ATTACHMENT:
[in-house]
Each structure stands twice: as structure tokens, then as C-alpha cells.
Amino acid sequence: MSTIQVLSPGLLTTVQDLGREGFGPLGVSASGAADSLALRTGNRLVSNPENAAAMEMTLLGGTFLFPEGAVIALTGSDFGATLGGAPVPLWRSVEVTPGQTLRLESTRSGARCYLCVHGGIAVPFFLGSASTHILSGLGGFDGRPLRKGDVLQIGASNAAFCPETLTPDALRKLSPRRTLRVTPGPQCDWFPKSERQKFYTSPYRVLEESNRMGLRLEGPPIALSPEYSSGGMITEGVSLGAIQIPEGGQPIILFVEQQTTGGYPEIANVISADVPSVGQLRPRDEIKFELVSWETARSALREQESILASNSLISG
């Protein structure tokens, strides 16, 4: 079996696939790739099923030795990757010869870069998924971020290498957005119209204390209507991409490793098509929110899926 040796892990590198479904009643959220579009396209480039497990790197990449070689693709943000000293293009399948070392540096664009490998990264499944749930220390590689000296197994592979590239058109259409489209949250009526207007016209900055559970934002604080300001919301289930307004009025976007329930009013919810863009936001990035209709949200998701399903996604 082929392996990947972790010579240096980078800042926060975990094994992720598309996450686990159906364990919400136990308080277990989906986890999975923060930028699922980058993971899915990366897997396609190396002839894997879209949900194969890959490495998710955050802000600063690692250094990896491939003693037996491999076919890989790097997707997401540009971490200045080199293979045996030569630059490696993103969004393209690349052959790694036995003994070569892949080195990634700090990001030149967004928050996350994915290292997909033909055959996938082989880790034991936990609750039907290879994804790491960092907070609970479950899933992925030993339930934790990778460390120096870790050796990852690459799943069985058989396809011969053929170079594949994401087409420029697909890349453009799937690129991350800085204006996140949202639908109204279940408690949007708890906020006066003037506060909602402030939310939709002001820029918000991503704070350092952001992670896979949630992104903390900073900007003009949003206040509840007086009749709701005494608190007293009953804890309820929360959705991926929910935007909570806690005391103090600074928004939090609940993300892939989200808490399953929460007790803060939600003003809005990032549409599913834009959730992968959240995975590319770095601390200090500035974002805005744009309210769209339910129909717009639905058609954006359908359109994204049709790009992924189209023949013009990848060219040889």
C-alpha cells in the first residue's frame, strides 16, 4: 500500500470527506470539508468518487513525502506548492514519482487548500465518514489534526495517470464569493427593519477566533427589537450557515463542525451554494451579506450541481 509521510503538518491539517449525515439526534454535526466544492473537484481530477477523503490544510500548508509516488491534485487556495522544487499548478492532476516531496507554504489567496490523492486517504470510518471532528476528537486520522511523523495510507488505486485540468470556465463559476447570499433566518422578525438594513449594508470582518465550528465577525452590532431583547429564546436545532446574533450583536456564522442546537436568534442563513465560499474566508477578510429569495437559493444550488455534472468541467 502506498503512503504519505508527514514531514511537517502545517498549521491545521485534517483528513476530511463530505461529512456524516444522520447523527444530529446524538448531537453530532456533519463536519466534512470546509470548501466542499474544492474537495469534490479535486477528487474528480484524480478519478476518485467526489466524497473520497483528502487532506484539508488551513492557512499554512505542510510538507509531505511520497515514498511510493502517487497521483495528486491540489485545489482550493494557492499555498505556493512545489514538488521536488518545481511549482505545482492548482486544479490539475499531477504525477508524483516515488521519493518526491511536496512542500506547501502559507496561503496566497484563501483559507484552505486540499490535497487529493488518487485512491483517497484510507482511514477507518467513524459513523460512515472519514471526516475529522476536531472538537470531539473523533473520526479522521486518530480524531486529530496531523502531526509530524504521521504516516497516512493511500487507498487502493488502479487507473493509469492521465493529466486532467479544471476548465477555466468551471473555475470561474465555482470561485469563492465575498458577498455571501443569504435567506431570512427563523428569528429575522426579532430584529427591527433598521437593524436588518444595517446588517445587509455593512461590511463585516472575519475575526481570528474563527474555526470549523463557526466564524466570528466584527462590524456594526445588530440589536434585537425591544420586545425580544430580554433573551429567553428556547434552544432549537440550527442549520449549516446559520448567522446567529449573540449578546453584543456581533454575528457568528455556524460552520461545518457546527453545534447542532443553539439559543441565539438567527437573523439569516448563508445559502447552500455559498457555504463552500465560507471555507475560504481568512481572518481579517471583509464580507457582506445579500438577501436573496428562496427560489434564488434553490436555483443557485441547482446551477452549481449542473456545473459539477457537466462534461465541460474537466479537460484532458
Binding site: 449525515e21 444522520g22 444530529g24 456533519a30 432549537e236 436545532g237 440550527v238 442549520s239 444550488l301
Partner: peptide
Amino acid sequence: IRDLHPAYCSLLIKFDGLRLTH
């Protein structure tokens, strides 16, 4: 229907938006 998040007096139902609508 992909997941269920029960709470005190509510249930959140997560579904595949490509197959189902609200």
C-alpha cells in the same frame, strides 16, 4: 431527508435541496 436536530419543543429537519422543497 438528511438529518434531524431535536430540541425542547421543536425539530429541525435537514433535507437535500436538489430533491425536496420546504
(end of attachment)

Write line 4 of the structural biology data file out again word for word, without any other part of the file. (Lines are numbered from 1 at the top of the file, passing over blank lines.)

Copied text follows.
């Protein structure tokens, strides 16, 4: 079996696939790739099923030795990757010869870069998924971020290498957005119209204390209507991409490793098509929110899926 040796892990590198479904009643959220579009396209480039497990790197990449070689693709943000000293293009399948070392540096664009490998990264499944749930220390590689000296197994592979590239058109259409489209949250009526207007016209900055559970934002604080300001919301289930307004009025976007329930009013919810863009936001990035209709949200998701399903996604 082929392996990947972790010579240096980078800042926060975990094994992720598309996450686990159906364990919400136990308080277990989906986890999975923060930028699922980058993971899915990366897997396609190396002839894997879209949900194969890959490495998710955050802000600063690692250094990896491939003693037996491999076919890989790097997707997401540009971490200045080199293979045996030569630059490696993103969004393209690349052959790694036995003994070569892949080195990634700090990001030149967004928050996350994915290292997909033909055959996938082989880790034991936990609750039907290879994804790491960092907070609970479950899933992925030993339930934790990778460390120096870790050796990852690459799943069985058989396809011969053929170079594949994401087409420029697909890349453009799937690129991350800085204006996140949202639908109204279940408690949007708890906020006066003037506060909602402030939310939709002001820029918000991503704070350092952001992670896979949630992104903390900073900007003009949003206040509840007086009749709701005494608190007293009953804890309820929360959705991926929910935007909570806690005391103090600074928004939090609940993300892939989200808490399953929460007790803060939600003003809005990032549409599913834009959730992968959240995975590319770095601390200090500035974002805005744009309210769209339910129909717009639905058609954006359908359109994204049709790009992924189209023949013009990848060219040889």